« First Amendment Protection for Teachers' Union Contributions | Main | Justices Rule in Securities Case Eyed by Teacher-Retirement Funds »

Supreme Court Declines to Hear IDEA Case

The U.S. Supreme Court today declined review of an appeal involving special education services for preschoolers.

The question in D.P. v. Broward County School Board (Case No. 07-613) was whether a 3-year-old who transitions from early-intervention services under Part C of the Individuals with Disabilities Education Act to preschool services under Part B of the law is entitled to continue receiving the early-intervention services until the completion of a review of the child's proposed preschool program. (That is a paraphrase that sticks very close to how the family's lawyers phrased it in their appeal to the high court.)

The case involves triplets, identified in court papers as E.P., D.P, and K.P., who are now 7 years old and have been diagnosed with autism spectrum disorder. The family's suit said the Broward County school district refused to develop valid individualized education programs for the children under Part B of the IDEA after they "aged out" of Part C when they turned 3 years old. The district also refused to continue the Part C services on an interim basis, the family alleged.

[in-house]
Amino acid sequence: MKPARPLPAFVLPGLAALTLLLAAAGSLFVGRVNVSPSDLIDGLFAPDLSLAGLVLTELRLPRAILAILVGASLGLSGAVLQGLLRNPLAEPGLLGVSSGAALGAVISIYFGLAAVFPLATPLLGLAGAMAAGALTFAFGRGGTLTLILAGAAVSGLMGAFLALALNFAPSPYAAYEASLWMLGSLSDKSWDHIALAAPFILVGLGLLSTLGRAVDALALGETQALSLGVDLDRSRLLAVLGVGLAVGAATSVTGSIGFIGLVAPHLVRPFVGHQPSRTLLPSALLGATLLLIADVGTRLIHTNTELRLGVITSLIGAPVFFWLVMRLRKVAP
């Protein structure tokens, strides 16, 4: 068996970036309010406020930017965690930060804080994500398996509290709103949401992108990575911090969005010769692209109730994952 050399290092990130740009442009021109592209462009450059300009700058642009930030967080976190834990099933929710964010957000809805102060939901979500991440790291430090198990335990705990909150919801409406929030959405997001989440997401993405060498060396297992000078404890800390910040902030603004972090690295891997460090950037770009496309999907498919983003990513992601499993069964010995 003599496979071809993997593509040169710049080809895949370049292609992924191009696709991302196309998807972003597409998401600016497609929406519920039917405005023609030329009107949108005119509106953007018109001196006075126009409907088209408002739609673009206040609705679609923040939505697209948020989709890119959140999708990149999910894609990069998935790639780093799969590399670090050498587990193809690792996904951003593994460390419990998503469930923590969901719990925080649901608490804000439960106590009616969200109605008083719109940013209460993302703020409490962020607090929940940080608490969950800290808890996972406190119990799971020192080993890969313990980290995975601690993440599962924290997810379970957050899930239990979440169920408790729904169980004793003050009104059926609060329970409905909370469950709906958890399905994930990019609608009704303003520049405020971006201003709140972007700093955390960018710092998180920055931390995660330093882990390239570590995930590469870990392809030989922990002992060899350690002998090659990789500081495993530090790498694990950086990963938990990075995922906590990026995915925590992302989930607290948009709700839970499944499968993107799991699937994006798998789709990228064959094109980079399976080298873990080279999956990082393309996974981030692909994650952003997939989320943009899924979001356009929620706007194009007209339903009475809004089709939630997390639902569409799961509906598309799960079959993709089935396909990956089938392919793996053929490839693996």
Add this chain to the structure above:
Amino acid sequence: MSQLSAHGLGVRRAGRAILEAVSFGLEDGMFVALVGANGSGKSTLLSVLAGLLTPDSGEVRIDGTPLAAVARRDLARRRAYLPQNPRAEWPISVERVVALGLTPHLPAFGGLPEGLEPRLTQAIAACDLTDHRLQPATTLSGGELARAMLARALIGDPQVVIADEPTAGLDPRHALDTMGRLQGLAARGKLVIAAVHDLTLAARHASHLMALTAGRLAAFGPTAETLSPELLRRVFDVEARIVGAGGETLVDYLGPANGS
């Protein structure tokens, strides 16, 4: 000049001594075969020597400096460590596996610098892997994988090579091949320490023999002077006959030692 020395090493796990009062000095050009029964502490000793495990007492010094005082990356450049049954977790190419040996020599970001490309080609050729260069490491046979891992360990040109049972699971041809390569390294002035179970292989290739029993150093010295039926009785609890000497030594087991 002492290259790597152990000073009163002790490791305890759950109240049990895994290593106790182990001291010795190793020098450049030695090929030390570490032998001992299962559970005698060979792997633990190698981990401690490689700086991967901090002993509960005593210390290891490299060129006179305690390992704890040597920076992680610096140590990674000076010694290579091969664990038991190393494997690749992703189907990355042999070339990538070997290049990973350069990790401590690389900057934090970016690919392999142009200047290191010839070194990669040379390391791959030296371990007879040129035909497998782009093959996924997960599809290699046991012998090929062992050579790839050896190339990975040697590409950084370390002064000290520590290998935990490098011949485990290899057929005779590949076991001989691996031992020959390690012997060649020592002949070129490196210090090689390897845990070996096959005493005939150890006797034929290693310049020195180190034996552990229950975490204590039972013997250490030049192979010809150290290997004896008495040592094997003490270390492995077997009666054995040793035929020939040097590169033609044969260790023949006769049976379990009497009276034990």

Last year, a panel of the U.S. Court of Appeals for the 11th Circuit, in Atlanta, issued a 2-1 decision that the IDEA does not require the school district to continue the Part C plan until an IEP is developed under Part B.

The group Autism Speaks had filed a friend-of-the-court brief on the side of the family urging the justices to take up the case. "For an ever-growing population of children diagnosed with autism spectrum disorders, a lapse in appropriate services during the window of opportunity would be devastating," the group's brief says. (Unfortunately, I cannot find a link to the brief on Autism Speaks Web site.)

The justices declined without comment to hear the family's appeal, which is not a ruling on the merits of the case.

Notice: We recently upgraded our comments. (Learn more here.) If you are logged in as a subscriber or registered user and already have a Display Name on edweek.org, you can post comments. If you do not already have a Display Name, please create one here.
Ground Rules for Posting
We encourage lively debate, but please be respectful of others. Profanity and personal attacks are prohibited. By commenting, you are agreeing to abide by our user agreement.
All comments are public.

Follow This Blog


Most Viewed on Education Week



Recent Comments